Standout Tracks: "(If Loving You Is Wrong) I Don't Want to Be Right," “Summer (The First Time)”
The Muscle Shoals legend’s first gold disc was an innovative concept album that documented two sides of a love triangle, dramatically illustrated on the cover with a threesome ensnared in a spider’s web. The songs on Side One — "I'm Tired of Hiding,” “All I Want Is a Fighting Chance" — are sung from the perspective of a heartsick mistress, while Side Two — "It's All Over But the Shouting," "So Easy Going, So Hard Coming Back" — offers the view of the wronged wife. (The two-timing man’s side of the story is left to the imagination.)
More than just a showcase for her formidable pipes, the “soul opera” provides Jackson with the opportunity to show off her acting chops, with riveting spoken-word passages that have led many critics to dub her the Godmother of Rap. “These were conversations that women had with each other at the Laundromat,” Jackson explained to Atlanta Magazine in 2014. “You didn’t hear them on records. You especially didn’t hear them on the radio.” These often risqué sections are offset by the album’s poignant closer, a cover of Bobby Goldsboro’s “Summer (The First Time).” Evoking a long ago sexual awakening, it’s both a melancholic memory of better times and a sobering reminder that you can’t go back.
With producer Brad Shapiro at the board and the golden era Muscle Shoals Rhythm Section for backup, infidelity never sounded so good. Both empathetic and unapologetic, Caught Up earned Jackson a Grammy nomination for her 10-minute version of Luther Ingram’s defiant "(If Loving You Is Wrong) I Don't Want to Be Right," which narrowly missed the Top 40. Though it would inspire a “sequel” disc, 1975’s Still Caught Up, the salacious social commentary of the original would be Jackson’s commercial peak.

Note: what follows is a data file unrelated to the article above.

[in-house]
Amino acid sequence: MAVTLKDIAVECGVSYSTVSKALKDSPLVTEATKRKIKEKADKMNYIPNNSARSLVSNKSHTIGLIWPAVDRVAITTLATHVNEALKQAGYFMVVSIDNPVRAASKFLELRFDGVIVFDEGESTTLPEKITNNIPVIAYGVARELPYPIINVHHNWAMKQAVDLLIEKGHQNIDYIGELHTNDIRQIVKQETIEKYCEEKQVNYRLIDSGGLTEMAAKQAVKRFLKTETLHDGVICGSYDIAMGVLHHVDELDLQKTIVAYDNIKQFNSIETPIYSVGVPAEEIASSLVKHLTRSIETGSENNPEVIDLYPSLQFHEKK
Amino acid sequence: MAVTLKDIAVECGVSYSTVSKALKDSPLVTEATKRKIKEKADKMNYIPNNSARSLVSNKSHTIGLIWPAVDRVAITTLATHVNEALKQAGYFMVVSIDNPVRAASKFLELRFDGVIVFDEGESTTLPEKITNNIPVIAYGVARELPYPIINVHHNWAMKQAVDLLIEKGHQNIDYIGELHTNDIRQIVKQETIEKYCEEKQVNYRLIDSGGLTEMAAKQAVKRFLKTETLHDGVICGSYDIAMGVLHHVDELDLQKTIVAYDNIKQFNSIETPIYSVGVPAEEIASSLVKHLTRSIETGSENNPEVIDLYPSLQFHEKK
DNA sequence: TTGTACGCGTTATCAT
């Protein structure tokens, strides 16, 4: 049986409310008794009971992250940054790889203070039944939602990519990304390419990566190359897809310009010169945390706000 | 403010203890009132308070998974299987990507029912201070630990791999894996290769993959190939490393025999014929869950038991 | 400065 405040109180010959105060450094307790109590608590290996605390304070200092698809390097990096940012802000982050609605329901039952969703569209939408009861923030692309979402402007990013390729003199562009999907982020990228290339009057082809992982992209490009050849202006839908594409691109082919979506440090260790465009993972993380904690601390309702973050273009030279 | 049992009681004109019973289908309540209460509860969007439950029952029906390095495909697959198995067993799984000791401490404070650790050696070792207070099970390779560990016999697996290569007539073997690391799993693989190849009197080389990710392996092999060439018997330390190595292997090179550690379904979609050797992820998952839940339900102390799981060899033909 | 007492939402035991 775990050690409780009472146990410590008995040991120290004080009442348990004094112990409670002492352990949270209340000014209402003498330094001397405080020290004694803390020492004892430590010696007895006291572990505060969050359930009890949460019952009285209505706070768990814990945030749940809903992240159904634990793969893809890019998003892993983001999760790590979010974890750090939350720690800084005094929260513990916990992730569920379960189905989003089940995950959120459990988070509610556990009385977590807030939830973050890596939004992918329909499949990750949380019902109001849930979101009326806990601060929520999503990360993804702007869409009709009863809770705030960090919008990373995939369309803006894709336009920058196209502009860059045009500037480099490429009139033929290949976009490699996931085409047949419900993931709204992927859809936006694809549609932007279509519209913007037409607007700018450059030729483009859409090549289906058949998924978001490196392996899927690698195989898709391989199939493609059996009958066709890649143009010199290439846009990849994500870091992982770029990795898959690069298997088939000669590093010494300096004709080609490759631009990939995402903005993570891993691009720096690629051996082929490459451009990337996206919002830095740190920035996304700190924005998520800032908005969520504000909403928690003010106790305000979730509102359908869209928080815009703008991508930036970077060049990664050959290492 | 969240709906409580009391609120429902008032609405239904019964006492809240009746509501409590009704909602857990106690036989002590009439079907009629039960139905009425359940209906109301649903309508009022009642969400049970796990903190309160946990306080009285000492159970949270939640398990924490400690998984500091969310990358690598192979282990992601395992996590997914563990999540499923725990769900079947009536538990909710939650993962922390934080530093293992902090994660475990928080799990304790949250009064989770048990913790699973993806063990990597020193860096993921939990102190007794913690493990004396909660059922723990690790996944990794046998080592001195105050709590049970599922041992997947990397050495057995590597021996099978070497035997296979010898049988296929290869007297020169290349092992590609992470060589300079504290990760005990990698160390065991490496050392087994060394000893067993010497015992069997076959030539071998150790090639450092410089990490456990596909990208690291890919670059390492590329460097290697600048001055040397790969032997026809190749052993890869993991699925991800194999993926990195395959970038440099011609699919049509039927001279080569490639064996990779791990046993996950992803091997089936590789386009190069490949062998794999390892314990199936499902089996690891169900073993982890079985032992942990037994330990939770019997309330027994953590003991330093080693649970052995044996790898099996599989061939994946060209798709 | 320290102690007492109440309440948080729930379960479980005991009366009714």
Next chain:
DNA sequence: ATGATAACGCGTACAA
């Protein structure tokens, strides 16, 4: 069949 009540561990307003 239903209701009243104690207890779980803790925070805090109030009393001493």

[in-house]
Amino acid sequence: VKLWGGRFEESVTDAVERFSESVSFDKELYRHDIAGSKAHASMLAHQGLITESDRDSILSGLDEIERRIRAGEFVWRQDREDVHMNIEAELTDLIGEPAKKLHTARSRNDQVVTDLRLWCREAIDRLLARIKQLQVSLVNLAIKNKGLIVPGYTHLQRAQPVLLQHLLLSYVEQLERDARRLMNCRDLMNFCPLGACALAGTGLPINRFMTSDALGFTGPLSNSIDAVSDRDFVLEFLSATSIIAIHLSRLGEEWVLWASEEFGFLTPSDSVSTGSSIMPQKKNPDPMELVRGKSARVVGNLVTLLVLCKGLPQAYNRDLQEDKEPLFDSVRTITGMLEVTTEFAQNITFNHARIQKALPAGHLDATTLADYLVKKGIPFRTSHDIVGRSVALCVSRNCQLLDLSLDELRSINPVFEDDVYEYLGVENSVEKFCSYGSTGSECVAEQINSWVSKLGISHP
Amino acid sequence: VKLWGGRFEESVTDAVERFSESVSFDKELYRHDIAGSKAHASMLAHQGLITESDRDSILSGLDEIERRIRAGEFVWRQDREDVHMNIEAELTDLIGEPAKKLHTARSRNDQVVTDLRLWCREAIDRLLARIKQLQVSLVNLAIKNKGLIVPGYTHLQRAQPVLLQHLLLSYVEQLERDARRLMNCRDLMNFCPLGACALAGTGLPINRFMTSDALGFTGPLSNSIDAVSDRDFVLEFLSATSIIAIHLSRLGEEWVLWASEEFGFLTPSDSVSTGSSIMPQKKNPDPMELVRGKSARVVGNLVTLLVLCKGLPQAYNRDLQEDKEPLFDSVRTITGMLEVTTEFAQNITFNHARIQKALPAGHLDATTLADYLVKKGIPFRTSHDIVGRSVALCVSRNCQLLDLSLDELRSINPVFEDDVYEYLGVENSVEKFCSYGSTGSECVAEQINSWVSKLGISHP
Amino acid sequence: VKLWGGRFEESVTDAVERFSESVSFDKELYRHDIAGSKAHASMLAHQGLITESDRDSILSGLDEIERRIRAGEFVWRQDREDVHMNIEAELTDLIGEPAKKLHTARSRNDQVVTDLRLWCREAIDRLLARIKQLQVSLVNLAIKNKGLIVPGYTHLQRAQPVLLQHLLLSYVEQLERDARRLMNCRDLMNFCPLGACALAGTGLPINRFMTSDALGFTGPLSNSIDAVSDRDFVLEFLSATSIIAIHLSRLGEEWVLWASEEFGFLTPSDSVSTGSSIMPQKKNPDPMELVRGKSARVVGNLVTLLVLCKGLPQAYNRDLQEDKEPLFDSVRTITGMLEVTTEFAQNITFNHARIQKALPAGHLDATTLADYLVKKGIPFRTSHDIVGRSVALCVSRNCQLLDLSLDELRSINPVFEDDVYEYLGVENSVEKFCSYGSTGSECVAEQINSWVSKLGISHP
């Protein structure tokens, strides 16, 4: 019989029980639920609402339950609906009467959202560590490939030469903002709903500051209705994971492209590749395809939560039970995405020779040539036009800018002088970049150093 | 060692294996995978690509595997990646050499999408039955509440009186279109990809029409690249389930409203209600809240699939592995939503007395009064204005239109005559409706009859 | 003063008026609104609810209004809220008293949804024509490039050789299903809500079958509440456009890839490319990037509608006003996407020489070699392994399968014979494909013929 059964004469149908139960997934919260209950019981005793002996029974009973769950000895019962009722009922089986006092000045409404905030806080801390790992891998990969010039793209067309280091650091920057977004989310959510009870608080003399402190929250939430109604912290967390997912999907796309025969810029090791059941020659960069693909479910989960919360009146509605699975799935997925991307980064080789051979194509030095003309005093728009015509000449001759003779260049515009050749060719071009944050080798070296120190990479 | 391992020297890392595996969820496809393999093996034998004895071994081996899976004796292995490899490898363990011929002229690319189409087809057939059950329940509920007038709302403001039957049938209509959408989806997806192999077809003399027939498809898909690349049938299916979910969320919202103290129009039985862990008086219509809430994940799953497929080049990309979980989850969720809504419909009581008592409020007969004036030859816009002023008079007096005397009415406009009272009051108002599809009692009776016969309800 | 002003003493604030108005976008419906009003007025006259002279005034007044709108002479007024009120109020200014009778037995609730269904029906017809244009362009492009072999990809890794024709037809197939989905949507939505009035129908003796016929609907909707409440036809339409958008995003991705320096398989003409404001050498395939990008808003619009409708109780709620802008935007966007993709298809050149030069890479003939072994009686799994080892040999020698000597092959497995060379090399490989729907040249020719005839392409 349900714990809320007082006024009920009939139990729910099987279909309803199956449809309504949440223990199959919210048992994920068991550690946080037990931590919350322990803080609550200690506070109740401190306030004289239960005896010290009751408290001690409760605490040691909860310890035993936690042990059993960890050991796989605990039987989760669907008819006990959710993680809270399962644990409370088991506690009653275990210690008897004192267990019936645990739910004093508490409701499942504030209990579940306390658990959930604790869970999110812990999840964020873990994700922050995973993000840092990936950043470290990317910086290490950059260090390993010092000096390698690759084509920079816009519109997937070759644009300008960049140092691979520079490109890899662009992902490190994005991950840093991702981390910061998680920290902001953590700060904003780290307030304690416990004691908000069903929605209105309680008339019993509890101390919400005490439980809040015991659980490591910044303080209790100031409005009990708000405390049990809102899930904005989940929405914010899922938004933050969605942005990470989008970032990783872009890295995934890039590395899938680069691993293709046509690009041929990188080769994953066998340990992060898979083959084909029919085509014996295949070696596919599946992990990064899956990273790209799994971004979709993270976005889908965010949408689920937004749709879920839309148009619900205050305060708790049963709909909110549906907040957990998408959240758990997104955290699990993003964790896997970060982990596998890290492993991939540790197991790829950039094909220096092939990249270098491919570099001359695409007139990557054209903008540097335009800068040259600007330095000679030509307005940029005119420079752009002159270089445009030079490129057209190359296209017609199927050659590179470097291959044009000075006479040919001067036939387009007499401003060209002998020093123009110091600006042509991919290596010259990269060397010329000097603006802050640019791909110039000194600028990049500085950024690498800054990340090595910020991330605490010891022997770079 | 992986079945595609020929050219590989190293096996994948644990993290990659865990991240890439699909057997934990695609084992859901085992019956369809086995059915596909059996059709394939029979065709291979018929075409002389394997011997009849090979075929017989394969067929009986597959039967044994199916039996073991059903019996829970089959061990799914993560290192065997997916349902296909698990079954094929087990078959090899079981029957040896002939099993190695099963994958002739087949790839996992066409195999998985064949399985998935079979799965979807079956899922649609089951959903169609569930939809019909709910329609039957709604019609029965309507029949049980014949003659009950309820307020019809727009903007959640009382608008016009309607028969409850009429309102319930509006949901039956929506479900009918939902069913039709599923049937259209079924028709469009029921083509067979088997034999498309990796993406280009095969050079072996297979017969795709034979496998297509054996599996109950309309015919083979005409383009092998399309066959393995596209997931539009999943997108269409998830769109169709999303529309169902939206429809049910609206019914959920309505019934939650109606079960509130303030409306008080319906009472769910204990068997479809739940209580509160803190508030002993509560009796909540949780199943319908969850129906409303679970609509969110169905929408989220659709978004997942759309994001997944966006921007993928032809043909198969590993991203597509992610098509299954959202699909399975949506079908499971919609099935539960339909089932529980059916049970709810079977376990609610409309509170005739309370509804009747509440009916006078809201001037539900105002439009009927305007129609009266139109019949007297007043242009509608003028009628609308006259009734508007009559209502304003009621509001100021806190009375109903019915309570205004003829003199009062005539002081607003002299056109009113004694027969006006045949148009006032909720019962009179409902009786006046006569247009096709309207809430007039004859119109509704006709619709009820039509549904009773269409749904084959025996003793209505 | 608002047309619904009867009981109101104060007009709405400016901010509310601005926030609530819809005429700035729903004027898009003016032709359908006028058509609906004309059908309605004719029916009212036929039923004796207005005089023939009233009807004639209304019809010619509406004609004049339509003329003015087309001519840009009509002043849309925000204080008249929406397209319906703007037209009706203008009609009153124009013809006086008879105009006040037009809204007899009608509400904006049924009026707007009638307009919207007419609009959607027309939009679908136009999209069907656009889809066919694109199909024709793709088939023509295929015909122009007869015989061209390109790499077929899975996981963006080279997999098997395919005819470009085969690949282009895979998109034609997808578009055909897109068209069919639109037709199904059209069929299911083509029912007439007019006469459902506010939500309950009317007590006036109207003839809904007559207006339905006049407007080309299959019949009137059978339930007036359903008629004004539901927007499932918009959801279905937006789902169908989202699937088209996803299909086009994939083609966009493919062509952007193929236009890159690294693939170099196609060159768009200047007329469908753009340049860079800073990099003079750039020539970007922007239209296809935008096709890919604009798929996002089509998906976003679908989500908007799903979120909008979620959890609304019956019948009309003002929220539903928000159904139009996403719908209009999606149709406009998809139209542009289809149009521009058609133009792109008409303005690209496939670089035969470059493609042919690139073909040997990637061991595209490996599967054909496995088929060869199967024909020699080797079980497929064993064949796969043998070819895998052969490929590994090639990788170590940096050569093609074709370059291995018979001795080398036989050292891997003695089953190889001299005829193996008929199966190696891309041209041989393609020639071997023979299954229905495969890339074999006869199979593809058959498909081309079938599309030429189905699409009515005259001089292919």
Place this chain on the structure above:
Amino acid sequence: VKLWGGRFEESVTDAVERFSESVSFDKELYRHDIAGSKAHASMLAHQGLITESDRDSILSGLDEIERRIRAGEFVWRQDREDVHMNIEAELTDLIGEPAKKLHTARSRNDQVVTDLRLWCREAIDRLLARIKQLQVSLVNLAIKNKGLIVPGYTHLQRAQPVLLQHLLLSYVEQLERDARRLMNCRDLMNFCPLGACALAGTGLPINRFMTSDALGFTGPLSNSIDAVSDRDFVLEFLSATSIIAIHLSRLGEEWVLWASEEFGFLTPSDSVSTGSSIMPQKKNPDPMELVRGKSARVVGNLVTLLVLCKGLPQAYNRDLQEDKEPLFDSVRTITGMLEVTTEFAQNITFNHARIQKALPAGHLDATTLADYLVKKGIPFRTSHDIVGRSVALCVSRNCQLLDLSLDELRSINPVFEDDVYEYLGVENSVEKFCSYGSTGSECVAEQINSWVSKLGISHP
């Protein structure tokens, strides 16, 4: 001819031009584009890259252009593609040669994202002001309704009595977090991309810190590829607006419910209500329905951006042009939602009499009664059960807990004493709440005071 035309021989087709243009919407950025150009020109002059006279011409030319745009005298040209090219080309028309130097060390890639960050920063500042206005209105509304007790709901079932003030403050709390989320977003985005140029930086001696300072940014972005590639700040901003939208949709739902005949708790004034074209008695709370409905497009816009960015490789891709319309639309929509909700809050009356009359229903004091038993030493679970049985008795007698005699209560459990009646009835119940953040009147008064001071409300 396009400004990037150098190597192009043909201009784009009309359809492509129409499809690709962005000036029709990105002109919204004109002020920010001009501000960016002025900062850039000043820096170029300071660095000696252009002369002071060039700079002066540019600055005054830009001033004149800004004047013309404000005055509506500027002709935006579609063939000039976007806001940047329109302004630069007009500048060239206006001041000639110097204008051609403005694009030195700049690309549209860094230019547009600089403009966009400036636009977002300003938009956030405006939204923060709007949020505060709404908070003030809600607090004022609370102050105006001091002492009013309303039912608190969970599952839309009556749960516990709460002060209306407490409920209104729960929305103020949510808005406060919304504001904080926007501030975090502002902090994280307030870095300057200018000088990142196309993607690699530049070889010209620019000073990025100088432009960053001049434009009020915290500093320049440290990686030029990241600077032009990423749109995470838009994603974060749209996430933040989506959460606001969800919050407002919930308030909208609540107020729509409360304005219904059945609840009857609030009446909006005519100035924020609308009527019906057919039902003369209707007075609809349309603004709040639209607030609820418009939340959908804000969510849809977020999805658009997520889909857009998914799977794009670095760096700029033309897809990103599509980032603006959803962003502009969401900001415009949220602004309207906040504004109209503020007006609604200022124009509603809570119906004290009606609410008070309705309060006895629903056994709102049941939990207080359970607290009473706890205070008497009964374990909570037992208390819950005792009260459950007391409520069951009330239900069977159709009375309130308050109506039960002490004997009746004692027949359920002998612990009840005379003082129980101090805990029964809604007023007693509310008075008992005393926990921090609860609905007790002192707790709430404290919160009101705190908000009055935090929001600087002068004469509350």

'Open Our Eyes' by Earth, Wind and Fire
Released: March 25, 1974
Standout Tracks: “Mighty Mighty,” “Kalimba Story,” “Devotion”
Earth, Wind and Fire spent the early ‘70s solidifying their eclectic sound across four creatively daring albums that failed to connect with a mass audience. But the fifth time proved to be the charm with Open Our Eyes in 1974, when a public primed by proto-disco hits by Manu Dibango, George McRae and the Hues Corporation finally caught up. The opening one-two punch of “Mighty Mighty” and “Devotion” showcased their twin hallmarks — slick, snaking funk and interfaith mysticism blending everything from Christian gospel to Egyptology. “Kalimba Story” also became a minor hit, spreading the ancient African thumb piano across the airwaves for (arguably) the first time in the United States.
The album would be the group's crossover, setting the stage for a commercial run that would help define the decade. At the time, many in the music press didn’t know what to make of bandleader Maurice White’s soulful stew. Rolling Stone described it as an amalgam of Sly Stone, Stevie Wonder and the Fifth Dimension. But by the time “Shining Star” hit No. 1 the following year, it was clear that EWF were something else entirely.
'Rags to Rufus' by Rufus
Released: May 1974
Standout Tracks: “Tell Me Something Good,” “You Got the Love”
In the 21st century, Rags to Rufus is known chiefly for two things. First and foremost, the record served as front woman Chaka Khan’s coronation as Queen of Funk, and indirectly laid the groundwork for her decades-long solo career. It also launched the Stevie Wonder-penned floor-filler “Tell Me Something Good” into the charts and onto countless dance party playlists thereafter. That’s a strong legacy for any album, but Rags to Rufus is so much more.
The record that broke the band out of their Chicago roots is a bewitching blend of soul, jazz and funk, all unified by Khan’s sensual vocals. She co-wrote the album’s other big hit, “You Got the Love,” with Ray “Ghostbusters” Parker Jr., and gave Ashford & Simpson’s “Ain't Nothin' but a Maybe” a serious workout. The record would garner a platinum certification from the RIAA and “Tell Me Something Good” netted them a Grammy, but this was somewhat of a last hurrah for Rufus. Soon after the release of Rags to Rufus, founding member Al Ciner departed the group, as did singer/keyboardist Ron Stockert and bassist Dennis Belfield — the man who gave their biggest hit its swampy groove. (PSA: There was never anyone named Rufus in the band; they borrowed their name from the Mechanics Illustrated advice column “Ask Rufus.”)